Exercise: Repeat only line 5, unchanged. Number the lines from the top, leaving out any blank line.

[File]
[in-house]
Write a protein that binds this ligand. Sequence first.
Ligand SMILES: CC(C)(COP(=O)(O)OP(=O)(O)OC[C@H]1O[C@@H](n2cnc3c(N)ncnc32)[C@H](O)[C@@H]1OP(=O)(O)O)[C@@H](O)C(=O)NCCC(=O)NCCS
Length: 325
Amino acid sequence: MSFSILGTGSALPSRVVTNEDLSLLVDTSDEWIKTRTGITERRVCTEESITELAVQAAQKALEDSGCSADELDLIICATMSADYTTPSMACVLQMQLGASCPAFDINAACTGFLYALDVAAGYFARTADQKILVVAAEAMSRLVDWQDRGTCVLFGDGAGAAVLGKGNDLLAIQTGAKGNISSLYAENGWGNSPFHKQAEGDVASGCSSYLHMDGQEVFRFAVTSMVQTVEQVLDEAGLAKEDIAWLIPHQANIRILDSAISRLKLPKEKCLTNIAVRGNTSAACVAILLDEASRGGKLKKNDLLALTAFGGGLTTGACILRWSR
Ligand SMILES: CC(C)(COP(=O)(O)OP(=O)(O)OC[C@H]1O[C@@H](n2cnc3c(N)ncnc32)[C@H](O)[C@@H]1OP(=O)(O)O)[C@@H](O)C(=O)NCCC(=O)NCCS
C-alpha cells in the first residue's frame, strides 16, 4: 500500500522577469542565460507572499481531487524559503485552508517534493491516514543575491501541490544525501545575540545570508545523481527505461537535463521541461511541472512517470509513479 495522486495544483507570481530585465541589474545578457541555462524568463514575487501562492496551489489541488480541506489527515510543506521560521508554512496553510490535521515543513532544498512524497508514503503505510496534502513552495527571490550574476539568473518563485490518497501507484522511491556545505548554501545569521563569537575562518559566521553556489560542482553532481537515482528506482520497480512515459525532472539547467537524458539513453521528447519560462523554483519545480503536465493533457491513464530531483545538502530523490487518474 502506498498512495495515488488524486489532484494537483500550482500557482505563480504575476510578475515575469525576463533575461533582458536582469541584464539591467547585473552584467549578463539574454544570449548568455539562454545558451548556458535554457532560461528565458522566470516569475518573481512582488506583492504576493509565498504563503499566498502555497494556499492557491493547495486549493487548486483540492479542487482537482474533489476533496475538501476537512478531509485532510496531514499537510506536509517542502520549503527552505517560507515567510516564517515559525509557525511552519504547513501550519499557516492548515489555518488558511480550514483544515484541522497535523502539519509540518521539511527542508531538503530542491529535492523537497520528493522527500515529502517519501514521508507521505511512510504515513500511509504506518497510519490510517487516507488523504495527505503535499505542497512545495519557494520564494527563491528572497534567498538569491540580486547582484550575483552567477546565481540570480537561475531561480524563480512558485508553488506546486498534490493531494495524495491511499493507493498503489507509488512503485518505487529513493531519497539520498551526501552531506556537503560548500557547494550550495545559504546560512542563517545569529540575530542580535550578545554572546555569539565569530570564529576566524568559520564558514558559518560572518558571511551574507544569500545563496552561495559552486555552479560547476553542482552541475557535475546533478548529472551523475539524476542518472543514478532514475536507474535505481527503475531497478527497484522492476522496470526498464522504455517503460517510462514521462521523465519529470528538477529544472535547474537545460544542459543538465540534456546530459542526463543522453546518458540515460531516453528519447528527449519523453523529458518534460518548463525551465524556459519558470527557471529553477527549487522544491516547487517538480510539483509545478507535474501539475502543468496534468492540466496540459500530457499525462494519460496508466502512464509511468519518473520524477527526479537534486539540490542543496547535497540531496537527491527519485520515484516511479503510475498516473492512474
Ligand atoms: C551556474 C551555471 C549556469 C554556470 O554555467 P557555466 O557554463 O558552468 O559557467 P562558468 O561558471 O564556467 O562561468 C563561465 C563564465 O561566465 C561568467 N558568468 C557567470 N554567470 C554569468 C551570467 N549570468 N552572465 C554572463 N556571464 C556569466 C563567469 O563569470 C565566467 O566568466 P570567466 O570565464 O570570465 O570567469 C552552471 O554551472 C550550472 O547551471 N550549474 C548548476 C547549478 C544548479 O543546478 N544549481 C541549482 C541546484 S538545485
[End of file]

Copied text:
Amino acid sequence: MSFSILGTGSALPSRVVTNEDLSLLVDTSDEWIKTRTGITERRVCTEESITELAVQAAQKALEDSGCSADELDLIICATMSADYTTPSMACVLQMQLGASCPAFDINAACTGFLYALDVAAGYFARTADQKILVVAAEAMSRLVDWQDRGTCVLFGDGAGAAVLGKGNDLLAIQTGAKGNISSLYAENGWGNSPFHKQAEGDVASGCSSYLHMDGQEVFRFAVTSMVQTVEQVLDEAGLAKEDIAWLIPHQANIRILDSAISRLKLPKEKCLTNIAVRGNTSAACVAILLDEASRGGKLKKNDLLALTAFGGGLTTGACILRWSR